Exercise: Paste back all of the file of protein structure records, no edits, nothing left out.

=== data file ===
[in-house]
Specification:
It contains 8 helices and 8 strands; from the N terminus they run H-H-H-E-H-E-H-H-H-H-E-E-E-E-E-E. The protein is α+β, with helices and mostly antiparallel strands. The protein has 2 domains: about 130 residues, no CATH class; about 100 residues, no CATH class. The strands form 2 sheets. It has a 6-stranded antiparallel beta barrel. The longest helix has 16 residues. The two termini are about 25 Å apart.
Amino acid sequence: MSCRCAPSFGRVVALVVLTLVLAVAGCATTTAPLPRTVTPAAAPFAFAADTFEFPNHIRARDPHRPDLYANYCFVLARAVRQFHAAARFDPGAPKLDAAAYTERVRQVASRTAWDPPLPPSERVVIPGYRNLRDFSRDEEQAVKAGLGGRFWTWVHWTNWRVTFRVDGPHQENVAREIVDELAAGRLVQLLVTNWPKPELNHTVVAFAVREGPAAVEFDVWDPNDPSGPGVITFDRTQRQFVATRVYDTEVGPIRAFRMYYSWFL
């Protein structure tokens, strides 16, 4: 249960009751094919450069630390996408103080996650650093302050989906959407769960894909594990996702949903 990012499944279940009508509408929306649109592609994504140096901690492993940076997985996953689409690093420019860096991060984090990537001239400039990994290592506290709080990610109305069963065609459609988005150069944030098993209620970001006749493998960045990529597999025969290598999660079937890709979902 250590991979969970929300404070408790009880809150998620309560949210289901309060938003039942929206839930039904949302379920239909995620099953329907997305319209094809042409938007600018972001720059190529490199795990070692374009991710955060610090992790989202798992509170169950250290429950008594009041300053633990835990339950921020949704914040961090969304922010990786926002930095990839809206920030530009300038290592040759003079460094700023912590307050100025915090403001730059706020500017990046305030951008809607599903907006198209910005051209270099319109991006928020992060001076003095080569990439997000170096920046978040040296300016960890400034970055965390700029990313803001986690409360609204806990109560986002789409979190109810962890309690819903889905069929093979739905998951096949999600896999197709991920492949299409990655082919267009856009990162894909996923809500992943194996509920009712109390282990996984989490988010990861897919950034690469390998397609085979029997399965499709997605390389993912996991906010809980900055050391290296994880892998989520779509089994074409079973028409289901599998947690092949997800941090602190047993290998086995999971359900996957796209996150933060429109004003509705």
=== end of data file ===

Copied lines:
[in-house]
Specification:
It contains 8 helices and 8 strands; from the N terminus they run H-H-H-E-H-E-H-H-H-H-E-E-E-E-E-E. The protein is α+β, with helices and mostly antiparallel strands. The protein has 2 domains: about 130 residues, no CATH class; about 100 residues, no CATH class. The strands form 2 sheets. It has a 6-stranded antiparallel beta barrel. The longest helix has 16 residues. The two termini are about 25 Å apart.
Amino acid sequence: MSCRCAPSFGRVVALVVLTLVLAVAGCATTTAPLPRTVTPAAAPFAFAADTFEFPNHIRARDPHRPDLYANYCFVLARAVRQFHAAARFDPGAPKLDAAAYTERVRQVASRTAWDPPLPPSERVVIPGYRNLRDFSRDEEQAVKAGLGGRFWTWVHWTNWRVTFRVDGPHQENVAREIVDELAAGRLVQLLVTNWPKPELNHTVVAFAVREGPAAVEFDVWDPNDPSGPGVITFDRTQRQFVATRVYDTEVGPIRAFRMYYSWFL
């Protein structure tokens, strides 16, 4: 249960009751094919450069630390996408103080996650650093302050989906959407769960894909594990996702949903 990012499944279940009508509408929306649109592609994504140096901690492993940076997985996953689409690093420019860096991060984090990537001239400039990994290592506290709080990610109305069963065609459609988005150069944030098993209620970001006749493998960045990529597999025969290598999660079937890709979902 250590991979969970929300404070408790009880809150998620309560949210289901309060938003039942929206839930039904949302379920239909995620099953329907997305319209094809042409938007600018972001720059190529490199795990070692374009991710955060610090992790989202798992509170169950250290429950008594009041300053633990835990339950921020949704914040961090969304922010990786926002930095990839809206920030530009300038290592040759003079460094700023912590307050100025915090403001730059706020500017990046305030951008809607599903907006198209910005051209270099319109991006928020992060001076003095080569990439997000170096920046978040040296300016960890400034970055965390700029990313803001986690409360609204806990109560986002789409979190109810962890309690819903889905069929093979739905998951096949999600896999197709991920492949299409990655082919267009856009990162894909996923809500992943194996509920009712109390282990996984989490988010990861897919950034690469390998397609085979029997399965499709997605390389993912996991906010809980900055050391290296994880892998989520779509089994074409079973028409289901599998947690092949997800941090602190047993290998086995999971359900996957796209996150933060429109004003509705």